... These are like an EPR that everyone can start with, which may evolve.
... These are mostly dynamic, why would we do this? Just for the initial interaction?
<Zakim> hugo, you wanted to talk about why to put RefP's in WSDL
Hugo: The use case is when you require your client to send a set of headers, you need to put it in the WSDL.
... The underlying question is what is the difference between a refParam and a refProp.
... What's the difference between this and the AD feature?
Glen: AD allows you to put in headers. They are annotated with an attribute. Discourage people from using this for infrastructure-level stuff.
... Both of these are ways to put in headers.
Marsh: Other difference is that an app must understand the namespace of the AD header. WS-A is opaque.
Hugo: If they are needed to interact with an endpoint, they should be in the WSDL. It would be nice to be able to say that the WSDL AD headers are really WS-A refp's.
<Gudge> I could imagine putting an EPR inside a wsdl:port
Paco: Slightly difference to put in fixed headers than AD provides.
<Gudge> either instead of or in additon to a soap:address element ( probably instead of )
Paco: Two parts to refP's: they cause headers to be put in. You can infer and EPR from the WSDL.
... You could make the port and an EPR much closer.
Glen: Some interesting stuff there.
... One tricky issue: why do we need two syntaxes? If refP's are easily used as WSDL extensions, how does that relate to the meaning of refP's in WS-A?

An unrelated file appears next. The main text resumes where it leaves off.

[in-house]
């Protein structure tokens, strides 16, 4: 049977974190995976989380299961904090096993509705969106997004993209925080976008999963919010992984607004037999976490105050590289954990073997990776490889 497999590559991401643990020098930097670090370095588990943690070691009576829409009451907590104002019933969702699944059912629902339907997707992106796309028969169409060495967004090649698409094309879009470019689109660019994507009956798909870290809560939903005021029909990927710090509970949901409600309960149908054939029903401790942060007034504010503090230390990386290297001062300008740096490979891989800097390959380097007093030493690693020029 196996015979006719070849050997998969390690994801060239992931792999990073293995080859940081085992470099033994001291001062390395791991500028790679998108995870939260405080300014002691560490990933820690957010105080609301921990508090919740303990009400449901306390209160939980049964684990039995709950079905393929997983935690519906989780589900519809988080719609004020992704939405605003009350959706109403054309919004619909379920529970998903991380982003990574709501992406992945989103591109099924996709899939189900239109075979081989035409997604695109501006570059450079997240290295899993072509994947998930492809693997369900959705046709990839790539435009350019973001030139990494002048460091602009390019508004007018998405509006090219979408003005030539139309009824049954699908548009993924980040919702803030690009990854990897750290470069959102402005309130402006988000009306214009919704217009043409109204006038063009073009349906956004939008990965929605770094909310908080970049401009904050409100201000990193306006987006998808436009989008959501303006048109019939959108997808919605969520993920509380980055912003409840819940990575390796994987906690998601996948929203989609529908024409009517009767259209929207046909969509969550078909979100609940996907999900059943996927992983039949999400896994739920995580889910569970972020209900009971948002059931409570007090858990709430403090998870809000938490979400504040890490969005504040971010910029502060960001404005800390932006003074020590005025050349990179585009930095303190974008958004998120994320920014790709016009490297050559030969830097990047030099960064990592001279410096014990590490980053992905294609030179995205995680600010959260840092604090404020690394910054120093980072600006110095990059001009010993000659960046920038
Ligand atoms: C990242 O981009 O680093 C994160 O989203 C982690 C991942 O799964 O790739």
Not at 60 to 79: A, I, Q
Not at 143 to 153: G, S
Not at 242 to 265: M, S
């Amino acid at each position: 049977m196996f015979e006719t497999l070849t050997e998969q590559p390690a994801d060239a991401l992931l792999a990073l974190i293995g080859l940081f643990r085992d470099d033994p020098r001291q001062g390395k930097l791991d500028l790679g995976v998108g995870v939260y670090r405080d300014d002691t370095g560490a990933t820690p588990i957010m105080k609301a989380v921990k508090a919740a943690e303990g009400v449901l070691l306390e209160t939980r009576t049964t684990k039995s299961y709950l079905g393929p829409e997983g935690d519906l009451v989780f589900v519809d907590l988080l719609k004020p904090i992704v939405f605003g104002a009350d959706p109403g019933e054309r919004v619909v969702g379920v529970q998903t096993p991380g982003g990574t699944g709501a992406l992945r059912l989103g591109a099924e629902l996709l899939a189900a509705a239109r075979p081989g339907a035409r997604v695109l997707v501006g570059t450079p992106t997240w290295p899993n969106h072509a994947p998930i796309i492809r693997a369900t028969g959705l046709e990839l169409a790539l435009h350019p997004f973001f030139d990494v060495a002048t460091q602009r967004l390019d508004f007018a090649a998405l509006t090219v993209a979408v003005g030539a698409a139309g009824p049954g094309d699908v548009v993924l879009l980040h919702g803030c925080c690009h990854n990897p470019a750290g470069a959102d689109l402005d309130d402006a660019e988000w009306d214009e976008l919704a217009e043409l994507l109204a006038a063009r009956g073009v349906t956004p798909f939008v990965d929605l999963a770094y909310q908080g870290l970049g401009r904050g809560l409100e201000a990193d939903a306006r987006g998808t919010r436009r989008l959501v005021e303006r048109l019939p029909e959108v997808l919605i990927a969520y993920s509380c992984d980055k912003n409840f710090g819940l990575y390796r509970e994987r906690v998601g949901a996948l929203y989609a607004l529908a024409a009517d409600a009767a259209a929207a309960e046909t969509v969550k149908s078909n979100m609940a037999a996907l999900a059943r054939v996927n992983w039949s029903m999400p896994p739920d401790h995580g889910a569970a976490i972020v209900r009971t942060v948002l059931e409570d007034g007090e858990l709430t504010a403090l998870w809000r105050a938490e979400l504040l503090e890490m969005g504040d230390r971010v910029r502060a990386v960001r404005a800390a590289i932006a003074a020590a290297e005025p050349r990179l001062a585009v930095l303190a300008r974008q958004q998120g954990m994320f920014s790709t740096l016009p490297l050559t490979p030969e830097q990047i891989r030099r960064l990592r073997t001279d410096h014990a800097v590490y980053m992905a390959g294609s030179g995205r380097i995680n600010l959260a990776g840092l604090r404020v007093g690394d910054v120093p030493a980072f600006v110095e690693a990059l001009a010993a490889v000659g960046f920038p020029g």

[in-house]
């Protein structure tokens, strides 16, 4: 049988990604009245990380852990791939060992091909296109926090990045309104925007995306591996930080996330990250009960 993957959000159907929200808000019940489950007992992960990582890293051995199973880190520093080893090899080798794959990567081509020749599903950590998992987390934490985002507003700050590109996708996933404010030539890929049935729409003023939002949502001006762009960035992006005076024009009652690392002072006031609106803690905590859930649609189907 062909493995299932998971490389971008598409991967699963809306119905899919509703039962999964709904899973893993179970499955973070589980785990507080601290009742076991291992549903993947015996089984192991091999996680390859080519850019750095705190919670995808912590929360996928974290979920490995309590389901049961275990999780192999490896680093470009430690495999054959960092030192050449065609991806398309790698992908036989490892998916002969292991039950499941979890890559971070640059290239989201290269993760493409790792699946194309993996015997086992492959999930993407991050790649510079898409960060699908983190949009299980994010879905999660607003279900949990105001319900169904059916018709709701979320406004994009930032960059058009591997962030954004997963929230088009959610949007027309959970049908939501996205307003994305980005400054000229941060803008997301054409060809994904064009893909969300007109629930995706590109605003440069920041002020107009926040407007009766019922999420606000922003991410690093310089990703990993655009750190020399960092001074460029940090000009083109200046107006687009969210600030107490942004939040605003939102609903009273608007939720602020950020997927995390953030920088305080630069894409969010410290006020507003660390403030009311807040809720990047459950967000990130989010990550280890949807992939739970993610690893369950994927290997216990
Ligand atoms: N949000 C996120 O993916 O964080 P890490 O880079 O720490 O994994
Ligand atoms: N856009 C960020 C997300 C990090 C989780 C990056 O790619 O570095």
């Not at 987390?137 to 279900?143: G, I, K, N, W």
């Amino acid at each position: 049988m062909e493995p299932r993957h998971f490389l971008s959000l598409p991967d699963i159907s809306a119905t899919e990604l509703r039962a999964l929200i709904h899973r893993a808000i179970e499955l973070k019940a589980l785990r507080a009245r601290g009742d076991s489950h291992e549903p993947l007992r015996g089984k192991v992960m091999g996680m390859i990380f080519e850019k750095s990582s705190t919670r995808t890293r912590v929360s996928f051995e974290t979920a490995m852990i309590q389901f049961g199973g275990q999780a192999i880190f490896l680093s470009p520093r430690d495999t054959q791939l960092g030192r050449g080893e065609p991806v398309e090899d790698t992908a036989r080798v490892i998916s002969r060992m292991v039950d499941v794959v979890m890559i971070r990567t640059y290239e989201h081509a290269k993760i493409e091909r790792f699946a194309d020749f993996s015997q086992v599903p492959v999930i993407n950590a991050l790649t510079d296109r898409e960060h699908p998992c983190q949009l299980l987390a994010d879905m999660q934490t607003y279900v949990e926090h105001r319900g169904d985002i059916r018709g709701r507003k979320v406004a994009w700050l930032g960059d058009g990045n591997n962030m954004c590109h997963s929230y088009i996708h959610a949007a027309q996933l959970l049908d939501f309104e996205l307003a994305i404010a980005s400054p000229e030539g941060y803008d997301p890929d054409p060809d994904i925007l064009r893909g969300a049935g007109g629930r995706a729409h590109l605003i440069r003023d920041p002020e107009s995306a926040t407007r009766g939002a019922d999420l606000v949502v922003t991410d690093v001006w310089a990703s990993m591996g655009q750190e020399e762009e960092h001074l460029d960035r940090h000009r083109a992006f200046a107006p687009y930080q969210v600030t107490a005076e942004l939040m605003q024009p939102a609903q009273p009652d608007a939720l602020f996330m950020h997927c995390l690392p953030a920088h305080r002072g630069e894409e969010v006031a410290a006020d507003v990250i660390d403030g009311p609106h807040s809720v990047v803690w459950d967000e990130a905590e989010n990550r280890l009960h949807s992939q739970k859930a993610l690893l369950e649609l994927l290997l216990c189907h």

Anish: [relationship]: You may want to relationship QName, but not the message id.
... Schema doesn't solve all your problems for headers, it's hard to fix complex types.
Paco: In the simplest case, we need to say WS-A is in use, static properties map to dynamic. Next level is some fine-grained control.
Mark: What are the semantics of the <wsa:engaged/> extension? Where can it go.
Paco: We already know some things will map.
Chair: Like to get some volunteers for fleshing out the <wsa:engaged/> part.
Hugo: Relationship between <wsa:engaged/> and the unique action marker? Thinks they are the same.
Marsh: Me too, but we need to thrash that issue more in WSDL.
Mark: Wants a volunteer to write the <wsa:engaged/> proposal more thoroughly.
... including where it can appear, what it means at different places.
... then we can see how complex it will be to add more knobs.
<scribe> ACTION: Paco to create concrete proposal for a <wsa:engaged/> marker.
--- break ---
Mark: Had a discussion before holidays. We need to think more about the use cases & requirements. i041 spun off.
... Any new info?
Greg's mail is at http://lists.w3.org/Archives/Public/public-ws-addressing/2005Jan/0072.html
DaveO goes through his presentation
relationship between MEPs, bindings and addresses